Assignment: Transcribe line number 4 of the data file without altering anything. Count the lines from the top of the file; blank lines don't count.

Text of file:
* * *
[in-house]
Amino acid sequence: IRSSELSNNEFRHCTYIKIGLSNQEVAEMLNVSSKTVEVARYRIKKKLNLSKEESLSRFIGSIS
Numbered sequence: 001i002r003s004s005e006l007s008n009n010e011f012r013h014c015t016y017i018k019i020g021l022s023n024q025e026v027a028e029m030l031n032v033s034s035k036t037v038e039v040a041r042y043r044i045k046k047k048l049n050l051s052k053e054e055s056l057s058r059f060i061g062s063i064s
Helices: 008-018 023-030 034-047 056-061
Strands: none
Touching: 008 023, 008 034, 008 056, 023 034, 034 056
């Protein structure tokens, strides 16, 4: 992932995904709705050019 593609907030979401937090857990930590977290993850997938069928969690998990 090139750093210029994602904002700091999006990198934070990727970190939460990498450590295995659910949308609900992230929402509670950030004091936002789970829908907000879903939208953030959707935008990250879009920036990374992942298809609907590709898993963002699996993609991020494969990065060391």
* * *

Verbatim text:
Helices: 008-018 023-030 034-047 056-061